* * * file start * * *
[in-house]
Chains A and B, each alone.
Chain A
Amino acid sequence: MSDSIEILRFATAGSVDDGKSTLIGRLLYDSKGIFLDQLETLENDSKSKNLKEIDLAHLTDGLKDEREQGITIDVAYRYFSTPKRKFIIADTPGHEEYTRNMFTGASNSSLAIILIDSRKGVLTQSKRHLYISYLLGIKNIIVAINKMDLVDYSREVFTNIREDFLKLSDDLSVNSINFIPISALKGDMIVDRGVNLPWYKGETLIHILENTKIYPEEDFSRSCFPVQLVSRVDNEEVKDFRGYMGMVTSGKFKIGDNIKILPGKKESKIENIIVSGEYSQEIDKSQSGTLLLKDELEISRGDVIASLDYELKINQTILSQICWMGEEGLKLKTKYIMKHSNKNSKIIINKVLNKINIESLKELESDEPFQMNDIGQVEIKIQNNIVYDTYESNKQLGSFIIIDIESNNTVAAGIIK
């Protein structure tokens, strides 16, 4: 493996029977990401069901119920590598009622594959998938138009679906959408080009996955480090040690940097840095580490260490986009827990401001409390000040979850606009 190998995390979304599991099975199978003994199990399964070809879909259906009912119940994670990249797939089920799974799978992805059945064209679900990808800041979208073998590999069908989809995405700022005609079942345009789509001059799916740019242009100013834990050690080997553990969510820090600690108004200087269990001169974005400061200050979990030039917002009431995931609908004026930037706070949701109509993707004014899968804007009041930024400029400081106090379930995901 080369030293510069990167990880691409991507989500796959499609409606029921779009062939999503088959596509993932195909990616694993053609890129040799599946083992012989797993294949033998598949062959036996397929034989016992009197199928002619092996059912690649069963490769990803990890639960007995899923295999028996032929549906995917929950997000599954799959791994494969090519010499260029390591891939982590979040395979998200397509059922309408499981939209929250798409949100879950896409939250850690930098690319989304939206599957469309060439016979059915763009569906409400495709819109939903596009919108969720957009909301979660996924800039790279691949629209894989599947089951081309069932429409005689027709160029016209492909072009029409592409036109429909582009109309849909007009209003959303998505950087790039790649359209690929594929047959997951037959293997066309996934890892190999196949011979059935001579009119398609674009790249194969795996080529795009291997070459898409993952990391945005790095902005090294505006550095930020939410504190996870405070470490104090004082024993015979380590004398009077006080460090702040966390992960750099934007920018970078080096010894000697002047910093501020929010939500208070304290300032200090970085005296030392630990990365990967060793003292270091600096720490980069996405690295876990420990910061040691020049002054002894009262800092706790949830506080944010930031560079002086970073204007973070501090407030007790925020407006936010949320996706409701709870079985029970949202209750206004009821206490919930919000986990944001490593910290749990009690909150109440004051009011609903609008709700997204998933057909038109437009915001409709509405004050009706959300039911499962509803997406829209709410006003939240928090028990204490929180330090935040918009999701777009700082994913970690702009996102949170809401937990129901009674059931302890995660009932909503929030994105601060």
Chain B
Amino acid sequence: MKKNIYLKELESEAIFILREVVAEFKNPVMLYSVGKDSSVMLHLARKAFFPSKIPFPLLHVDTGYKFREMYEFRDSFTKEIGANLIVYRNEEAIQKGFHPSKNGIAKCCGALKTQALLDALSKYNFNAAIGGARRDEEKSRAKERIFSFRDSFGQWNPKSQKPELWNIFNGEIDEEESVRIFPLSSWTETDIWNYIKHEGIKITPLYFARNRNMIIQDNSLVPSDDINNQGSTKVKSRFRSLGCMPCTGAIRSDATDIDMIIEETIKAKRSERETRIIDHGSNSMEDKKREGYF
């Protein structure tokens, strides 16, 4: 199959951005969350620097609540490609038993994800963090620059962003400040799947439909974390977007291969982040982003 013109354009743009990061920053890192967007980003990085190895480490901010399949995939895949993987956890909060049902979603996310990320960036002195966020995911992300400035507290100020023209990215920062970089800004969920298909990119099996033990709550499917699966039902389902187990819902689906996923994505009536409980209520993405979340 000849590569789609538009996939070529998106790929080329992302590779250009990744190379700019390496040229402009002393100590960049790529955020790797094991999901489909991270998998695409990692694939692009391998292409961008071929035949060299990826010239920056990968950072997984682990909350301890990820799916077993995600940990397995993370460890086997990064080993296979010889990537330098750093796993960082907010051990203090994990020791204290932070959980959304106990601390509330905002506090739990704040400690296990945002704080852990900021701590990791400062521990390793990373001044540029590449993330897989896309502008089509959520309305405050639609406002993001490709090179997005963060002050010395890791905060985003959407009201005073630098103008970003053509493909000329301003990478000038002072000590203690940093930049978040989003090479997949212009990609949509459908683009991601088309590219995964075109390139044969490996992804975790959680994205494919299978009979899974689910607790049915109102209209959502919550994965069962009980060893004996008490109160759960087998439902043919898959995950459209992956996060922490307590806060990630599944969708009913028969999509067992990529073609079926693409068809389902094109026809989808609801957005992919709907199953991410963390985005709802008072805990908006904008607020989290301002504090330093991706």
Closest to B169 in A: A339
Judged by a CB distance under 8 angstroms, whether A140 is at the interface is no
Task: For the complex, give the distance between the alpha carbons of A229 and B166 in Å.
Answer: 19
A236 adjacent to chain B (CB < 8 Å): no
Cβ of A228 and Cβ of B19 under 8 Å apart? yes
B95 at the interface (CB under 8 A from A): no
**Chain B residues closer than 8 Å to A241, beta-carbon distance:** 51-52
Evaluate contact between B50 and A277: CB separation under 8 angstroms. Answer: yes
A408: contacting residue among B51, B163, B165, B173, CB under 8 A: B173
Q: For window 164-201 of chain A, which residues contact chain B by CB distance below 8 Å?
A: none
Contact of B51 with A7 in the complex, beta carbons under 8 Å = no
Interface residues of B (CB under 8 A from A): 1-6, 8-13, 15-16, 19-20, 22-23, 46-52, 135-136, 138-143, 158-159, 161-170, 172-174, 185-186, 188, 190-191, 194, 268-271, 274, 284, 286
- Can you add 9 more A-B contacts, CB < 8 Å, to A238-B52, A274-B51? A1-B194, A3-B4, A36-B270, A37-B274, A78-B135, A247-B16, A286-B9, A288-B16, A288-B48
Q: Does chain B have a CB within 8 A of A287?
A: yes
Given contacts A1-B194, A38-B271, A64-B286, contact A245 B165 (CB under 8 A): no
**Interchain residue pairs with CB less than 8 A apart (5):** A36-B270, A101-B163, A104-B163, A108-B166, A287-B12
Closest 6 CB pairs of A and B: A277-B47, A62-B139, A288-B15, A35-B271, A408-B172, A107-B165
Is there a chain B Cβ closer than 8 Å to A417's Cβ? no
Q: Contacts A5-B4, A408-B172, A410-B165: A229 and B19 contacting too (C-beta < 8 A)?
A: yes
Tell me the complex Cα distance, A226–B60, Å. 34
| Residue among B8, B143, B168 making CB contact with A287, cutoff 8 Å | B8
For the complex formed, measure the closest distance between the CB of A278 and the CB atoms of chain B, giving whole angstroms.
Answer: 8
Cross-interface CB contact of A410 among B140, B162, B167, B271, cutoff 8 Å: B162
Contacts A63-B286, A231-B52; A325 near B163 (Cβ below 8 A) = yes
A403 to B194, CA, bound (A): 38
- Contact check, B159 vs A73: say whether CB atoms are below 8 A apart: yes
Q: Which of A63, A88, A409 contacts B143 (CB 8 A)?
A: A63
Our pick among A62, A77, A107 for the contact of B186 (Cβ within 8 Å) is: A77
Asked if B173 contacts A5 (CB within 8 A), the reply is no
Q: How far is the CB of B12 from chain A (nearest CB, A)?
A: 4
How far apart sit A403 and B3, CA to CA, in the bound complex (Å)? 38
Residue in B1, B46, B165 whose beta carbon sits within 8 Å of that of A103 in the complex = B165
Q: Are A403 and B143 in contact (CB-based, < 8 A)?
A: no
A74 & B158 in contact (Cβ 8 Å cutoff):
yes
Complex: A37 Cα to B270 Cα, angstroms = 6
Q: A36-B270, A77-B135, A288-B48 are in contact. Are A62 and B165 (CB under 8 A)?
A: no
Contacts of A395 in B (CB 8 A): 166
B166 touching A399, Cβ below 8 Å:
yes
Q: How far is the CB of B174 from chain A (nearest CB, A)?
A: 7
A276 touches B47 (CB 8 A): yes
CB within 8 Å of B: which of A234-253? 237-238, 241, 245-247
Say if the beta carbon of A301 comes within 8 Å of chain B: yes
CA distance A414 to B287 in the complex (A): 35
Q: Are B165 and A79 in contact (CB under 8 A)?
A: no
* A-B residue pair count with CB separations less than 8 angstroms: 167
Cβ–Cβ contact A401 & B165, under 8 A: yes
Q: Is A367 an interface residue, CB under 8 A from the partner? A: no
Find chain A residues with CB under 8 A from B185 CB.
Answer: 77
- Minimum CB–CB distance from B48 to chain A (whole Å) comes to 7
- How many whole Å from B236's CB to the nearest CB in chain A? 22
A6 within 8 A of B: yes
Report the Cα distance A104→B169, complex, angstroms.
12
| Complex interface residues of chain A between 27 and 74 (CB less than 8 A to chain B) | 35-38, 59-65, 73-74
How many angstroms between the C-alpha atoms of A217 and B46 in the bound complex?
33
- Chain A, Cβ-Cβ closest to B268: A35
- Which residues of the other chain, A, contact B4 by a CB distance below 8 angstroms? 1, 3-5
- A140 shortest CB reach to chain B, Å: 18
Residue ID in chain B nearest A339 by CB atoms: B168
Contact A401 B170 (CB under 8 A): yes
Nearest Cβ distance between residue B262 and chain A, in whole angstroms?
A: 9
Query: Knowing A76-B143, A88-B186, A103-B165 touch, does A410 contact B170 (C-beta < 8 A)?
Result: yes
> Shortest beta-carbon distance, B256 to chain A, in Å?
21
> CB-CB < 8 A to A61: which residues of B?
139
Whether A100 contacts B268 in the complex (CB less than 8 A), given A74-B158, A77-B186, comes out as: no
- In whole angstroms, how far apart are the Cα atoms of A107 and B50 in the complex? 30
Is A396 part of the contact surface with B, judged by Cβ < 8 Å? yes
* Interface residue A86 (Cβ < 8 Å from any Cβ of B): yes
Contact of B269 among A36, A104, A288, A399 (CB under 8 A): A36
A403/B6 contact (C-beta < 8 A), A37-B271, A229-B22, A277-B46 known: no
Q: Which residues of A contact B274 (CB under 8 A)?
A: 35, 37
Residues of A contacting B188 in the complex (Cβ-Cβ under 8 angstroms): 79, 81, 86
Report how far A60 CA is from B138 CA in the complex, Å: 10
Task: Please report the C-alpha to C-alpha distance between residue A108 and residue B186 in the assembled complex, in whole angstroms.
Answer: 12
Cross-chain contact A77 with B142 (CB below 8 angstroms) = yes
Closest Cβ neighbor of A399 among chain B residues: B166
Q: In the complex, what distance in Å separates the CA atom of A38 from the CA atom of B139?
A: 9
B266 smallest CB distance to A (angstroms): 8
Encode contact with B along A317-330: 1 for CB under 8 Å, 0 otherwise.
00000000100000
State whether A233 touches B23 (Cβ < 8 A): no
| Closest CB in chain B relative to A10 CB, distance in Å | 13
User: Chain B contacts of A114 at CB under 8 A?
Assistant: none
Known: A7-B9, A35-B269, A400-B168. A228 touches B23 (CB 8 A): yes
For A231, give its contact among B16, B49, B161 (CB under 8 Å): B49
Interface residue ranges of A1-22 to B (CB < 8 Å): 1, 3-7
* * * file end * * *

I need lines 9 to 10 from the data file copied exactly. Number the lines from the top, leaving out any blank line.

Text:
Closest to B169 in A: A339
Judged by a CB distance under 8 angstroms, whether A140 is at the interface is no